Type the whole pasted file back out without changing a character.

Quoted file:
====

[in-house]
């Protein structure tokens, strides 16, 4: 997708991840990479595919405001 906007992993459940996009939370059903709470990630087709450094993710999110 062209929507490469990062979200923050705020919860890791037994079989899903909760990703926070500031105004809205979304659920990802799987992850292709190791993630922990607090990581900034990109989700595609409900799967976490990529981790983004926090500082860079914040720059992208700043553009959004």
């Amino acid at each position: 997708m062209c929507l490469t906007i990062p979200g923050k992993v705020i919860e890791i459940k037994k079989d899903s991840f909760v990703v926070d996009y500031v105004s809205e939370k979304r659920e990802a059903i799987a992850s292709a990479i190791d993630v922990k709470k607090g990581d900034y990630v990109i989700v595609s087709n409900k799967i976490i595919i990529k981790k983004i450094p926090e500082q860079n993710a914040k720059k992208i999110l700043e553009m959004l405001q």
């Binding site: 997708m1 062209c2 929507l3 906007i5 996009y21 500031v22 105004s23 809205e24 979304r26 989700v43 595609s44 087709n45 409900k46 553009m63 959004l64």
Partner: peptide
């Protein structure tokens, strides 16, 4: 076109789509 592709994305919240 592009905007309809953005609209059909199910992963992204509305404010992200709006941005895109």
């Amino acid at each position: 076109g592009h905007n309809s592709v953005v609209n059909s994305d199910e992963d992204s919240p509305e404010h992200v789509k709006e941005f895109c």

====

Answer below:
[in-house]
């Protein structure tokens, strides 16, 4: 997708991840990479595919405001 906007992993459940996009939370059903709470990630087709450094993710999110 062209929507490469990062979200923050705020919860890791037994079989899903909760990703926070500031105004809205979304659920990802799987992850292709190791993630922990607090990581900034990109989700595609409900799967976490990529981790983004926090500082860079914040720059992208700043553009959004």
């Amino acid at each position: 997708m062209c929507l490469t906007i990062p979200g923050k992993v705020i919860e890791i459940k037994k079989d899903s991840f909760v990703v926070d996009y500031v105004s809205e939370k979304r659920e990802a059903i799987a992850s292709a990479i190791d993630v922990k709470k607090g990581d900034y990630v990109i989700v595609s087709n409900k799967i976490i595919i990529k981790k983004i450094p926090e500082q860079n993710a914040k720059k992208i999110l700043e553009m959004l405001q």
């Binding site: 997708m1 062209c2 929507l3 906007i5 996009y21 500031v22 105004s23 809205e24 979304r26 989700v43 595609s44 087709n45 409900k46 553009m63 959004l64």
Partner: peptide
């Protein structure tokens, strides 16, 4: 076109789509 592709994305919240 592009905007309809953005609209059909199910992963992204509305404010992200709006941005895109």
């Amino acid at each position: 076109g592009h905007n309809s592709v953005v609209n059909s994305d199910e992963d992204s919240p509305e404010h992200v789509k709006e941005f895109c």